Feb 03, 2024 Editorial
Kaieteur News – The debate on the education provisions of the 2024 budget saw some back and forth between the government and opposition representatives. Their point of contention involved funding for the University of Guyana (UG) and the Guyana Online Academy of Learning (GOAL) programme. The former is set to receive $4.1 billion, and the latter $4 billion from the national budget in 2024. We will do our best not to get entangled in the war of words between the political adversaries, for we have our own ideas on what should be the priorities for the education sector, and which should influence how the funding is delivered.
GOAL has its positives, with thousands of Guyanese enhancing their levels of knowledge and their academic credentials. Recipients of GOAL scholarships, and those who successful complete their chosen fields of study make themselves more marketable, position themselves on the inside track in the job market. One conspicuous feature of the GOAL scholarship programme is that it has attracted a huge number of applicants and students, with 20,000 being one of the numbers that bear witness to its reach and appeal. The question is whether the billions invested in GOAL are helping Guyana to transform into a top-level education society, the kind that is needed at this time in the history of this country.
Guyana has billions of barrels of proven oil reserves. There has been much talk about capacity building, but the speed with which new projects are given clearance finds this country laboring to prevent the capacity gap from widening. We are woefully short of, and cannot provide enough, engineers, geologists, and other graduates in the hard sciences. There is an urgent need for these types of graduates to be present at the offshore oil operations to give us the best representation possible, to be our eyes and ears. The concern is that there is only a fraction of them. The same can be said of auditors and accountants, and those who have the kind of skills required to peruse the complex books and systems that are part of oil records. We slack off in this regard, and Guyana will be prone to slick scams that could trick and cheat, without us knowing. Guyanese are already handicapped and hemorrhaging from an oil contract with ExxonMobil and its partners that is nothing but a yoke to national prospects and prosperity. The bottom-line reality is that this country is suffering from a significant disadvantage with the quantity and quality of the skills that it possesses in oil-related disciplines.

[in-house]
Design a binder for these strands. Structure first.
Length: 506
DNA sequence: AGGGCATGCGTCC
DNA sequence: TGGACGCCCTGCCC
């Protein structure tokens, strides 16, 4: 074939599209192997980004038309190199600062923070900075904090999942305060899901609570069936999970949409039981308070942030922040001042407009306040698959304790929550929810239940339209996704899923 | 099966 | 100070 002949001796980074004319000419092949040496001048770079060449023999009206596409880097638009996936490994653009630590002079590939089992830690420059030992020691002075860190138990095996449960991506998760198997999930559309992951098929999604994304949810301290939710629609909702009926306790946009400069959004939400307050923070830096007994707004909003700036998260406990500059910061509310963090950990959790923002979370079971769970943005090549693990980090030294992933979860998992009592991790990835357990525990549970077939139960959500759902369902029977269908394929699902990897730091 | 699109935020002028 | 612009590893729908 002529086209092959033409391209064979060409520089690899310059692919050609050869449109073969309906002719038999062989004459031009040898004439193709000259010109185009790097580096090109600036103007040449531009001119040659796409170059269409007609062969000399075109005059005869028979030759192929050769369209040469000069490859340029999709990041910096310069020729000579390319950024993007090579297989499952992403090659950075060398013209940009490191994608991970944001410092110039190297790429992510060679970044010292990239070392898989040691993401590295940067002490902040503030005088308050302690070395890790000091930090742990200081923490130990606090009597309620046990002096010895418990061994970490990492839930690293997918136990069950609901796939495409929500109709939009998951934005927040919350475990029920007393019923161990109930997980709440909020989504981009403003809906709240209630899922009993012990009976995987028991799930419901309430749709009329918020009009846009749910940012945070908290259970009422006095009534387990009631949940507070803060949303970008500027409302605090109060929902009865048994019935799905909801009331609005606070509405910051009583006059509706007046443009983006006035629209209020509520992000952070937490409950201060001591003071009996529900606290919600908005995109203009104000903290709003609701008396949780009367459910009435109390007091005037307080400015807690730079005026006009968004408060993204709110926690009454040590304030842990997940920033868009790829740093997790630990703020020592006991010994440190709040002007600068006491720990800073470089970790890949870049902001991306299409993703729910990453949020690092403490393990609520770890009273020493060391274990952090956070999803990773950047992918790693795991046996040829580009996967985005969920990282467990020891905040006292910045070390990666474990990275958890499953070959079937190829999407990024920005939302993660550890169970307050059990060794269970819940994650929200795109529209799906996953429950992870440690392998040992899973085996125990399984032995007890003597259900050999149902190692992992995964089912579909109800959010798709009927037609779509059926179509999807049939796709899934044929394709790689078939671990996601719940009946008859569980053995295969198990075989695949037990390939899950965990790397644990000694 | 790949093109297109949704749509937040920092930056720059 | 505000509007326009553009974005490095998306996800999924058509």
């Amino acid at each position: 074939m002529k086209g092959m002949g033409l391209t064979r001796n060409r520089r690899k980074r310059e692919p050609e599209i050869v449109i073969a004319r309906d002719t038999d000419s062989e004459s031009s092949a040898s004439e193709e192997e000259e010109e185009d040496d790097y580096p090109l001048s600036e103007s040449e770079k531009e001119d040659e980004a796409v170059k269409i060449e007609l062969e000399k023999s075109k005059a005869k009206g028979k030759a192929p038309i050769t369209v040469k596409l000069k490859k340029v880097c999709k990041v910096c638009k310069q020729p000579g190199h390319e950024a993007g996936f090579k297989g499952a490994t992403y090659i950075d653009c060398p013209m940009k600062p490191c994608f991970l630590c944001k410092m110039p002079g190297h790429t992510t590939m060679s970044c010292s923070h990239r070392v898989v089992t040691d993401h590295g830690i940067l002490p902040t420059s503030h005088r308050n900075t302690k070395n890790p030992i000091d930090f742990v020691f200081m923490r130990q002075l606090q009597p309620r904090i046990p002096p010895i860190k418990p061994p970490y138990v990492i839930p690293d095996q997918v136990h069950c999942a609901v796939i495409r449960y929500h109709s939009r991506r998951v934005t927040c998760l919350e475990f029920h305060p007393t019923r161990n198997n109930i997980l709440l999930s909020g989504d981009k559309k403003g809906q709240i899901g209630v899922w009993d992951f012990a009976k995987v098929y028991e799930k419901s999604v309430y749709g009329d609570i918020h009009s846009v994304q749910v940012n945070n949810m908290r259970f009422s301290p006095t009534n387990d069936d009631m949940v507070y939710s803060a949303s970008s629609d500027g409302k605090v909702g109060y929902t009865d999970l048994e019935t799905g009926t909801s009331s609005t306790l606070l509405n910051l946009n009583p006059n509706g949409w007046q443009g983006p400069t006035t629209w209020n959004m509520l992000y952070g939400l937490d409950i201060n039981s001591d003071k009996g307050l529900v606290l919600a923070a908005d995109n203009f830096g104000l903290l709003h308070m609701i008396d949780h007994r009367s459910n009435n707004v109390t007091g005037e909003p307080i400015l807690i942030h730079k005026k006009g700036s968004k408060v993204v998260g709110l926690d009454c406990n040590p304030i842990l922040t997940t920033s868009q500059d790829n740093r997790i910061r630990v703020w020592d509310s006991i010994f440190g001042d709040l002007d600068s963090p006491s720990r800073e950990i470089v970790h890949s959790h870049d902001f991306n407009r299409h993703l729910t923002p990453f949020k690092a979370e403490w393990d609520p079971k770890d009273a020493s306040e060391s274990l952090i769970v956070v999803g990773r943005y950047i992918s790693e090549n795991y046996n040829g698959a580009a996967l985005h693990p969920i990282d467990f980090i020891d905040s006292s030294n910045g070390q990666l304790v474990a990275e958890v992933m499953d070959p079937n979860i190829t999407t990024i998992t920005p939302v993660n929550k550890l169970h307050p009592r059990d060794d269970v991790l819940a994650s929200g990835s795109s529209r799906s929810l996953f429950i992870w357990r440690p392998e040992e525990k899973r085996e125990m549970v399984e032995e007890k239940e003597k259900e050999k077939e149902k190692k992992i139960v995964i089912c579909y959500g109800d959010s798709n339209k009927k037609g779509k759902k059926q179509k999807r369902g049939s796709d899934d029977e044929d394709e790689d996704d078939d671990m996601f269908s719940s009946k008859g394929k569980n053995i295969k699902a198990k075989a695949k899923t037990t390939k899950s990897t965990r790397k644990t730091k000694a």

This is where a bigger and broader focus must be on what to make UG into, what to provide it with, and what to expect from it. We believe that a vision to transform UG into a premier institution in the region must take precedence over all other educational arrangements. Nothing can be more vital than positioning this country to capitalize on its massive oil wealth by having the right people in the right places doing the right jobs. Money invested in UG in the technical and scientific faculties is sure to bring about the caliber of academic returns that should narrow the skills void, take aim at and reduce the lagging and catching up that is proving so challenging to do. The more money put into the institution, the greater the qualification return that can be anticipated, which is so direly needed. This truth has to be confronted honestly: Guyana should not want to become a nation of clerks and data processors (as vital and meaningful as those are) in this era of national existence. If there is insistence and priority in doing so through the monies allocated, then there would only be dependence on foreign experts and foreign workers to lead the way in this the most promising time in the nation’s history. It is a recipe for callous exploitation, one designed to maintain, if not expand, the knowledge and skills vacuum.
There must be a focused financial barrage on the Secondary School level, so that more raw materials are generated from Mathematics and Science fields. We need to build strength from there, and provide a quality feeder system for UG, from where the next generation of graduates and lecturers will emerge. UG deserves more, UG should get more. Guyana will be the biggest beneficiary, and better able to ensure that others do what is right with this oil wealth of ours.
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